New Orleans beefs up security on eve of Super Bowl

New Orleans Police Superintendent Ronald Serpas said that based on estimates, there has been a reduction of crimes such as burglaries, rapes, and auto thefts.
CBS News

(CBS News) NEW ORLEANS - The police in New Orleans are calling in reinforcements as thousands of people pour into the city for the Super Bowl this weekend. We take a look at the city and the state of crime there.

This was one month ago Tuesday night -- the most frightening moment of Tim Nguyen's life. In a scene captured by a video camera, Nguyen is shown inside his store being robbed by a man with a gun.

"I couldn't bear to watch it at all," Nguyen said now after watching the video replayed on a laptop.

Nguyen has owned a small grocery in New Orleans for 20 years. He'd never been robbed before. Police say Anthony Fields hopped the counter with a handgun and told Nguyen to get down on the floor.

Tim Nguyen was pistol-whipped by a robber inside his store in Louisiana. After the incident, he said he would plan to sell his business. CBS News

"I tried to grab his gun," said Nguyen. He said he had never been in a fight before. "This is survival mode right here."

Nguyen says he struggled for 15 minutes and was pistol-whipped eight times before the assailant grabbed $500 and ran.

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Still, New Orleans Police Superintendent Ronald Serpas said crime stats out Thursday show that New Orleans is turning a corner on crime.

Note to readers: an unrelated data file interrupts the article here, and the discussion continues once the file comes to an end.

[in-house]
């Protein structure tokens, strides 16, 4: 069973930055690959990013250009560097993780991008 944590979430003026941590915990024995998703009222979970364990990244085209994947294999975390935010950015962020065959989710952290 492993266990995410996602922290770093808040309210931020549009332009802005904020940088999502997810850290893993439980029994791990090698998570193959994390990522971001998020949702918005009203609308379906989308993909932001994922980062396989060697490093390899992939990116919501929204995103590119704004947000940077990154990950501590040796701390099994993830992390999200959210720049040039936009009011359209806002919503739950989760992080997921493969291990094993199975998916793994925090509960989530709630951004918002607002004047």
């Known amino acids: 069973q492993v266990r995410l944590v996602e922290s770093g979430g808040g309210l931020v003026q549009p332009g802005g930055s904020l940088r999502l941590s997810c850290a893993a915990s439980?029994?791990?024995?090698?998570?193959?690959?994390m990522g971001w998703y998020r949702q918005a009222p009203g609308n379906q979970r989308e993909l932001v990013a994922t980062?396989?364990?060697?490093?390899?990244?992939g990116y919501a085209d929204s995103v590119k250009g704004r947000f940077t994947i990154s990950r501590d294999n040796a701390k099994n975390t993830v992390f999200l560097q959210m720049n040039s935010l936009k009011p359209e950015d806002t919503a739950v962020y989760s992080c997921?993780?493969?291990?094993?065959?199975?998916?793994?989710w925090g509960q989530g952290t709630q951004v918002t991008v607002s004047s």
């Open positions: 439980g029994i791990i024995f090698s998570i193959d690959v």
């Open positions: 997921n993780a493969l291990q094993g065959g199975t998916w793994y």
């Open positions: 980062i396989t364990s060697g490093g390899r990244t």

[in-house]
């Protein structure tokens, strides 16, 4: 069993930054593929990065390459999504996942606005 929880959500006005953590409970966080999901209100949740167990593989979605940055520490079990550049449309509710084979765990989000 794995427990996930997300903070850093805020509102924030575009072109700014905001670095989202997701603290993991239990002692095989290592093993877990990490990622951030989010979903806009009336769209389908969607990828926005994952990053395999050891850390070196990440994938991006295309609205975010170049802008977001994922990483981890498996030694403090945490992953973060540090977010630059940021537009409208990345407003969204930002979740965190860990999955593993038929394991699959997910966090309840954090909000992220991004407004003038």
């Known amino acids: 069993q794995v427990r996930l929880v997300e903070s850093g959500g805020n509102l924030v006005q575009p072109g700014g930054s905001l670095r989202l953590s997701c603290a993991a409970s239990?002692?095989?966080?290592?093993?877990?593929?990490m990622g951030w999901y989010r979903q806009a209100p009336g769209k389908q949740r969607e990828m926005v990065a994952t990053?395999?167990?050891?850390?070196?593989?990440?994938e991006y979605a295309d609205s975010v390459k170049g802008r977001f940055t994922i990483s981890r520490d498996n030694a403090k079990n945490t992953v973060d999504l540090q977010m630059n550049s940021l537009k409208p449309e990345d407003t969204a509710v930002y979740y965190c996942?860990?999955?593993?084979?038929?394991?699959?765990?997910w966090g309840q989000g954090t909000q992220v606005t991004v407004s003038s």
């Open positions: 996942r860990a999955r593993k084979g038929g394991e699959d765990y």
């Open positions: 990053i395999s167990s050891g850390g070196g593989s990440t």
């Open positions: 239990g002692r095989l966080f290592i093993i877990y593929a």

"We preliminarily estimate that in 2012, there were less murders, less rapes, less armed robberies, less auto burglaries, less residential burglaries, less business burglaries, less auto thefts," he said.

But the murder rate is ten times the national average. During Super Bowl week, Serpas is quadrupling the number of officers patrolling the French Quarter. He's getting help from neighboring departments so police presence in high-crime neighborhoods doesn't diminish.

"We're working on this issue very hard of young men killing each other," he said. "But when you get down here to the French Quarter, usually the most danger you're going to suffer is a hangover form a hurricane or a hand-grenade."

Those are cocktails, not threats. But Tim Ngyuen, whose store isn't in the French Quarter, has had enough.

"I told my wife we need to sell the business and get out of here real quick," he said.

Anthony Fields was arrested a week later. He was on probation for a number of armed robberies. The chief said said given his record, if Fields is convicted, he expects him to be put away for 99 years.

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    Jim Axelrod is the chief investigative correspondent and senior national correspondent for CBS News, reporting for "CBS This Morning," "CBS Evening News," "CBS Sunday Morning" and other CBS News broadcasts.